But banks might be allowed to charge Wibor rather that Libor rates for the Swiss franc, a difference that due to differential interest rate calculations would limit overall loses to 30-60 billion zlotys, according to ING research.
"I am expecting that the administrative branch of the Polish Supreme Court will rule in favor of the recalculation of Swiss-franc-denominated mortgages into zlotys (according to the formula proposed by the KNF)," Piotr Bialowolski, Associate Professor at the WSB University in Poland, told DW.
"It will be politically good for the Law and Justice (PiS) party and President Andrzej Duda because it will allow them to spin the earlier ECJ ruling (which they must implement somehow anyway) as a fulfilment of earlier promises of Duda from his original 2015 campaign," he said.
"The potential ruling is also a kind of compromise that seems fair to other mortgage holders, especially those indebted in zlotys. It will not provide any advantage for Swiss franc mortgage debtors with respect to other mortgage debtors — just level the playing field for everybody," Bialowolski argued.
Santander's Polish unit estimates converting all its foreign exchange loans into zlotys as proposed by the KNF would amount to a loss of 3.5 billion zlotys.
Poland’s main banks have put aside 1.96 billion zlotys to pay for Swiss franc-denominated mortgages. This is a mere 2% of the sector’s outstanding Swiss franc portfolio, which stands at about 100 billion zlotys and is equivalent to about one third of all Polish mortgages.
Santander is analyzing a KNF proposal under which lenders would offer voluntary settlements to their clients, including retrospectively settling Swiss franc mortgages as zloty loans. The Spanish bank said it will test potential settlements with its clients in the first half of 2021.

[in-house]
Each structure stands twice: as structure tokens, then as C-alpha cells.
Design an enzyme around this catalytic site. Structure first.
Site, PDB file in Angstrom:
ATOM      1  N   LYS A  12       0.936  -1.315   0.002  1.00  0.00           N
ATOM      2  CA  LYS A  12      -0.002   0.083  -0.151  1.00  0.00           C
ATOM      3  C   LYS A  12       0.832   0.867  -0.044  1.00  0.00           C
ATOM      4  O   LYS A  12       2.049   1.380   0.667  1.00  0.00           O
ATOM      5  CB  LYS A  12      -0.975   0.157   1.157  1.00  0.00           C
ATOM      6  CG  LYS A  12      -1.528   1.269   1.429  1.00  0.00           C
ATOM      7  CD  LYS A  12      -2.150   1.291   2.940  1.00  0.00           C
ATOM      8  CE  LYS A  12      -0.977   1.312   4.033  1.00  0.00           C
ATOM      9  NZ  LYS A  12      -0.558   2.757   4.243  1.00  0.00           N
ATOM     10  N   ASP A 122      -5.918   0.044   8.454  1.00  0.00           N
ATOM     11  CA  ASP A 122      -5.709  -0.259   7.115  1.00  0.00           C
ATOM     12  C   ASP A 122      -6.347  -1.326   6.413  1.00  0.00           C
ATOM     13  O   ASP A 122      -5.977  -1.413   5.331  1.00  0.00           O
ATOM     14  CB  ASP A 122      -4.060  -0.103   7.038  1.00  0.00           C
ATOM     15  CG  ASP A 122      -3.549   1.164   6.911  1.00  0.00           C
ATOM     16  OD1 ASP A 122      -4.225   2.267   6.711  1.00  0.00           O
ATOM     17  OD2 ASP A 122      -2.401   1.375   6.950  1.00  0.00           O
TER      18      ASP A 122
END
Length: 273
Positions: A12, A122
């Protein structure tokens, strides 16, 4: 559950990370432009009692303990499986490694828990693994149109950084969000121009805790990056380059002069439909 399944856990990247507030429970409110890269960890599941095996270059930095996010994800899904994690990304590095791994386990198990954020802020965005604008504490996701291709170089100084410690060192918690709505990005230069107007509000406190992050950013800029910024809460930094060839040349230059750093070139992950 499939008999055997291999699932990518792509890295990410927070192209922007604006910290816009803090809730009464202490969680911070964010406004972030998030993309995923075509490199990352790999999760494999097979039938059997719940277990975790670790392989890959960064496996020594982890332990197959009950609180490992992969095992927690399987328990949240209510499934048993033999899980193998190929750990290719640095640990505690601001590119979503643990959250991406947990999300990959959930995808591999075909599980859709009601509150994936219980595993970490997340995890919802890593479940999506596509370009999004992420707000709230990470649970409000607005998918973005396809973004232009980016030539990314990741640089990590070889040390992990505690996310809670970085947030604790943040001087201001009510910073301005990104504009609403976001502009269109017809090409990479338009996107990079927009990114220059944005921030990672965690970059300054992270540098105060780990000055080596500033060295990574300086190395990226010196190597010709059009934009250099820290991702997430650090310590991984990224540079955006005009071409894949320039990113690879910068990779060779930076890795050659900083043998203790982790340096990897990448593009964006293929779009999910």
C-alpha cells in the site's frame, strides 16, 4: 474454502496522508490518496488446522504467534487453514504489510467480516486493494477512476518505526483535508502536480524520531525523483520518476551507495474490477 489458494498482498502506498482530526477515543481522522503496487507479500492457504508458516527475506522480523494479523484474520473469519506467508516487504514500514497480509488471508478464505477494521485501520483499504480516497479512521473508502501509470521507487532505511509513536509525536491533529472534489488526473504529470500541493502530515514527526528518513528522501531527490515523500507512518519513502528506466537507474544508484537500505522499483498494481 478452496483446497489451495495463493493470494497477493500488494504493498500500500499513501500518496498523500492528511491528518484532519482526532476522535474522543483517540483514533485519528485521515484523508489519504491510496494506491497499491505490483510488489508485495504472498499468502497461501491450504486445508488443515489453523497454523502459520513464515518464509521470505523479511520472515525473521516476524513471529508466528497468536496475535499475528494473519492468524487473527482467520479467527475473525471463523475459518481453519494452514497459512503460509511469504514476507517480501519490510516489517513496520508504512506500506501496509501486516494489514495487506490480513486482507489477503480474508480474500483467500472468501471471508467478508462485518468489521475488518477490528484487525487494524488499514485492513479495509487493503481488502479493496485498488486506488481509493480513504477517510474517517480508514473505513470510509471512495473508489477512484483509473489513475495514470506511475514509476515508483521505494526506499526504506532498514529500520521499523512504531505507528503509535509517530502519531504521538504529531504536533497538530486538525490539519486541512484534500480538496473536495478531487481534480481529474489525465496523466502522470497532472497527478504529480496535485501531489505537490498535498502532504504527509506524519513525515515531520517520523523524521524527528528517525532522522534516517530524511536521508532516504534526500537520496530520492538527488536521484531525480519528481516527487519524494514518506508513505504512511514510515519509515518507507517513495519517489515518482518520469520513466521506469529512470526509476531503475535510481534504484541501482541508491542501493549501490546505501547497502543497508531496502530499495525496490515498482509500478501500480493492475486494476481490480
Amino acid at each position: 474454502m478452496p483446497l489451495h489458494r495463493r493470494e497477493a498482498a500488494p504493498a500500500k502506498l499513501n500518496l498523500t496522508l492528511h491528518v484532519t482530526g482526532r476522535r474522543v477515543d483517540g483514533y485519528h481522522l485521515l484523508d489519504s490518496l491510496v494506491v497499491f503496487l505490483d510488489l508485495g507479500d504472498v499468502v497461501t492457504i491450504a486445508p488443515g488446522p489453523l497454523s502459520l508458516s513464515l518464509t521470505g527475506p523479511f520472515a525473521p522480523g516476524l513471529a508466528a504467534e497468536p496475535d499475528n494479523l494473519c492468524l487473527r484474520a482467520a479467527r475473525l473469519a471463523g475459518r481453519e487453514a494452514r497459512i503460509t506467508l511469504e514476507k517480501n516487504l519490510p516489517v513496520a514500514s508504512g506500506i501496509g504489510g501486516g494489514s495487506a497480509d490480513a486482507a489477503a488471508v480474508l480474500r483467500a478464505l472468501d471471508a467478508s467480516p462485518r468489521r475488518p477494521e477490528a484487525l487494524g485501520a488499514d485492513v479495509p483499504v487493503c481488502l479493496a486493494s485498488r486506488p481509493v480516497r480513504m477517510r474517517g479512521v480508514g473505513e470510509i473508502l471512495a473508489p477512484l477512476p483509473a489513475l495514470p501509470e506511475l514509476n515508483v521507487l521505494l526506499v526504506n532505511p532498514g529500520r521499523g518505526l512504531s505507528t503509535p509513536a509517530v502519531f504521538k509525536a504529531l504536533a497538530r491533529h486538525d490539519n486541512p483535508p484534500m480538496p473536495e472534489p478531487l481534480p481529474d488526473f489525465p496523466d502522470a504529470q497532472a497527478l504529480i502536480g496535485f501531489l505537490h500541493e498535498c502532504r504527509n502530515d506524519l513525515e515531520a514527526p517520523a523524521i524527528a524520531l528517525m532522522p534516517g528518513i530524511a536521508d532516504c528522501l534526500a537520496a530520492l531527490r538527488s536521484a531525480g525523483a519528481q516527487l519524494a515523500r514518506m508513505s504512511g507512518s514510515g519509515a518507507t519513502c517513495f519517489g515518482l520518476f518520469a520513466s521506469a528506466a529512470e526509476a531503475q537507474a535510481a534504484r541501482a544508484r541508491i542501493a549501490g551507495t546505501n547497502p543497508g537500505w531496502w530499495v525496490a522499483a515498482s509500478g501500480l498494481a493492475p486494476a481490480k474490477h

MBank and ING Bank Slaski are recognizing potential losses from legal battles over Swiss franc loans. ING Bank Slaski boosted its provisions to 35% of its non-zloty loans, roughly four times more than its competitors.
The local unit of Commerzbank set aside a record 439.5 million zlotys to cover risks from its foreign currency mortgages in the final three months of 2020, likely putting the lender in the red for the quarter.
Poland's financial market regulator KNF has proposed a plan for banks to convert foreign currency loans into zlotys
"Such a ruling, in my opinion, will not pose an immediate systemic risk for the banking sector," Bialowolski said. "The decision will likely result in lower mortgage balances of mortgage debtors but most of them won't be able (or willing) to repay their debts immediately and thus the loans will still remain profitable for banks for years to come," he added.
Bialowolski said he didn't expect any major consequences for the economy. "Polish banks are among those with the soundest position in Europe. Additionally, the impact of this ruling will be spread over many years, which should allow banks to cushion the blow," he noted.
"One channel through which we might see an effect are the stock prices of banks. Their valuation will likely decrease and this might translate into the value of pension savings," Bialowolski feared.